The focus on human performance has quickly become no more than human error of yesteryear. I’m amazed at how many “neuroscience solutions” there suddenly are that can fix human (safety) performance. Yet the focus remains on human frailties and failures and human performance still has the worker as the deer in the head light -- the imperative of mitigating human errors. 

My position is the human link is the most complete link in the safety chain, with skills and capabilities that exceed any other. Human response in a risk environment is highly complex, iterative and variable - exactly what risk dynamics require. So I am not quite in the camp of human performance as it’s commonly defined.

Mandating an improved safety culture

The notion of safety culture “compliance” is a false goal. It implicitly reduces/removes the individual or collective obligation to be ready to “respond to risk” (my definition of safety). Increasingly accidents are happening despite compliance and, sometimes, even as a result of compliance.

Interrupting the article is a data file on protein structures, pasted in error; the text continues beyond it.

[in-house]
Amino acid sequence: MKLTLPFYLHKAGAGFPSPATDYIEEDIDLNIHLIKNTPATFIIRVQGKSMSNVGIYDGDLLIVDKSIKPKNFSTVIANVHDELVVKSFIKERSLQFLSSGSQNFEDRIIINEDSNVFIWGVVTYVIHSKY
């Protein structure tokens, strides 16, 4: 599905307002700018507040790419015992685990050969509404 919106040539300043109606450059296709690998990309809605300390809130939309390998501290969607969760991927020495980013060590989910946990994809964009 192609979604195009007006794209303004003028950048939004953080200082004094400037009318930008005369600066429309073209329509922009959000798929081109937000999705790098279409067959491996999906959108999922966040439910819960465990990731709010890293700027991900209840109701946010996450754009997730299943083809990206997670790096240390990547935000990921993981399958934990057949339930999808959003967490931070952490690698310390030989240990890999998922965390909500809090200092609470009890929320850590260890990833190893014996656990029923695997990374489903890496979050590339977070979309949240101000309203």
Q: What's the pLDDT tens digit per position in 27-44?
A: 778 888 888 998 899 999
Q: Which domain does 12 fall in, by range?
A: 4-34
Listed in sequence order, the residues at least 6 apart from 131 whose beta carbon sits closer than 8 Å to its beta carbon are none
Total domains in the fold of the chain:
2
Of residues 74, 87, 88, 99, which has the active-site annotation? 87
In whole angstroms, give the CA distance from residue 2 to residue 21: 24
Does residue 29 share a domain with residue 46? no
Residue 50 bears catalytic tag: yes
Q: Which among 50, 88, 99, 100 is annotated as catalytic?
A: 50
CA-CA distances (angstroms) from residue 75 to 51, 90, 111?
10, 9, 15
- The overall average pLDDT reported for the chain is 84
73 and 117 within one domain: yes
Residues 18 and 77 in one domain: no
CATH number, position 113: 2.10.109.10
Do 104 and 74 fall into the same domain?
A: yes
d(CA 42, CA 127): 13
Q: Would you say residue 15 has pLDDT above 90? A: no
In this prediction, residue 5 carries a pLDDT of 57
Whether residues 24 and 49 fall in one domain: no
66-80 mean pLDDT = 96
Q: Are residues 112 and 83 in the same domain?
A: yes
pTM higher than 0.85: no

The issue of safety culture is much misunderstood. There are many simplistic definitions for it, and therein lies the problem. It’s a bit like global warming – it is one of the most complex phenomena in modern sciences, and yet every politician, activist or blogger knows exactly what it is and how it affects daily events, and can link it to every hurricane or bushfire. Similar beliefs surround “culture.” We believe both climate change and culture exist because scientists tell us so. But in both cases, exactly what scientist agree on is not clear or precise. We can and link culture with every accident, too.

 Regarding culture, some deny its existence, others deny it can be measured, others deny it can be changed/improved.

 I think all three are true, but that doesn’t mean it is readily possible. Culture can be improved:

  • If it is derived from the “correct” vision, where what is “correct” is highly diffuse;
  • If driven by the “correct” actions and practices of leaders;
  • If supported by the appropriate systems and processes; and
  • If there is aligning of behaviors at the front line. 

Notice all the if’s for each of the many factors that will drive culture! In essence, culture is not rocket science. It is far more complicated than that. Can it be achieved? Yes. If mandated? Simple answer has to be no…